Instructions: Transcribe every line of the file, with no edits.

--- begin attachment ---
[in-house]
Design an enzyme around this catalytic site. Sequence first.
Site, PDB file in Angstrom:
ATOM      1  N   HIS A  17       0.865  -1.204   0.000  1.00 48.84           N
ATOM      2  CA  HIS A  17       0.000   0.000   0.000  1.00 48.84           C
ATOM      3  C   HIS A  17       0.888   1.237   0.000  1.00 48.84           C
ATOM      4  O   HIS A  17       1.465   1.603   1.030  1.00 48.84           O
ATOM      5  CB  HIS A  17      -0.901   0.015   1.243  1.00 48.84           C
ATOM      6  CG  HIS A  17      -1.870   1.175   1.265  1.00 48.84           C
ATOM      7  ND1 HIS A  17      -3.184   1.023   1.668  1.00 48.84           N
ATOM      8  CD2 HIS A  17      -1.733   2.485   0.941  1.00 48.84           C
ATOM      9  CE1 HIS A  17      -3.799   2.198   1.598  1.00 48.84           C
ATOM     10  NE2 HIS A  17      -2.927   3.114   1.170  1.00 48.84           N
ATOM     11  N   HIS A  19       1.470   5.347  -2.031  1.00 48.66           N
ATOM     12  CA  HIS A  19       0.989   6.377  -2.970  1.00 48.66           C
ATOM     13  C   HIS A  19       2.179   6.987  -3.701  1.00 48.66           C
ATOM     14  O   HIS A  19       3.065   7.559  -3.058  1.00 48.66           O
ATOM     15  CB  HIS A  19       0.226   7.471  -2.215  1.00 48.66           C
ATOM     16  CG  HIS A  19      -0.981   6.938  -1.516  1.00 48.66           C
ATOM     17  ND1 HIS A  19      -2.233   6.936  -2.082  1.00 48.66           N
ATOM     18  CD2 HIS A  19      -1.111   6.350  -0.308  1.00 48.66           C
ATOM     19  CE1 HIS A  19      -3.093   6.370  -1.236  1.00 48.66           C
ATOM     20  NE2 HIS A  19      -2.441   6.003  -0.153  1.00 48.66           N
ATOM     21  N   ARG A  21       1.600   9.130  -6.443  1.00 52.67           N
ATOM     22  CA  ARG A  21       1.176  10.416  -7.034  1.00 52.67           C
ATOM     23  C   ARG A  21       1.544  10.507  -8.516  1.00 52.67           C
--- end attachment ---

[in-house]
Design an enzyme around this catalytic site. Sequence first.
Site, PDB file in Angstrom:
ATOM      1  N   HIS A  17       0.865  -1.204   0.000  1.00 48.84           N
ATOM      2  CA  HIS A  17       0.000   0.000   0.000  1.00 48.84           C
ATOM      3  C   HIS A  17       0.888   1.237   0.000  1.00 48.84           C
ATOM      4  O   HIS A  17       1.465   1.603   1.030  1.00 48.84           O
ATOM      5  CB  HIS A  17      -0.901   0.015   1.243  1.00 48.84           C
ATOM      6  CG  HIS A  17      -1.870   1.175   1.265  1.00 48.84           C
ATOM      7  ND1 HIS A  17      -3.184   1.023   1.668  1.00 48.84           N
ATOM      8  CD2 HIS A  17      -1.733   2.485   0.941  1.00 48.84           C
ATOM      9  CE1 HIS A  17      -3.799   2.198   1.598  1.00 48.84           C
ATOM     10  NE2 HIS A  17      -2.927   3.114   1.170  1.00 48.84           N
ATOM     11  N   HIS A  19       1.470   5.347  -2.031  1.00 48.66           N
ATOM     12  CA  HIS A  19       0.989   6.377  -2.970  1.00 48.66           C
ATOM     13  C   HIS A  19       2.179   6.987  -3.701  1.00 48.66           C
ATOM     14  O   HIS A  19       3.065   7.559  -3.058  1.00 48.66           O
ATOM     15  CB  HIS A  19       0.226   7.471  -2.215  1.00 48.66           C
ATOM     16  CG  HIS A  19      -0.981   6.938  -1.516  1.00 48.66           C
ATOM     17  ND1 HIS A  19      -2.233   6.936  -2.082  1.00 48.66           N
ATOM     18  CD2 HIS A  19      -1.111   6.350  -0.308  1.00 48.66           C
ATOM     19  CE1 HIS A  19      -3.093   6.370  -1.236  1.00 48.66           C
ATOM     20  NE2 HIS A  19      -2.441   6.003  -0.153  1.00 48.66           N
ATOM     21  N   ARG A  21       1.600   9.130  -6.443  1.00 52.67           N
ATOM     22  CA  ARG A  21       1.176  10.416  -7.034  1.00 52.67           C
ATOM     23  C   ARG A  21       1.544  10.507  -8.516  1.00 52.67           C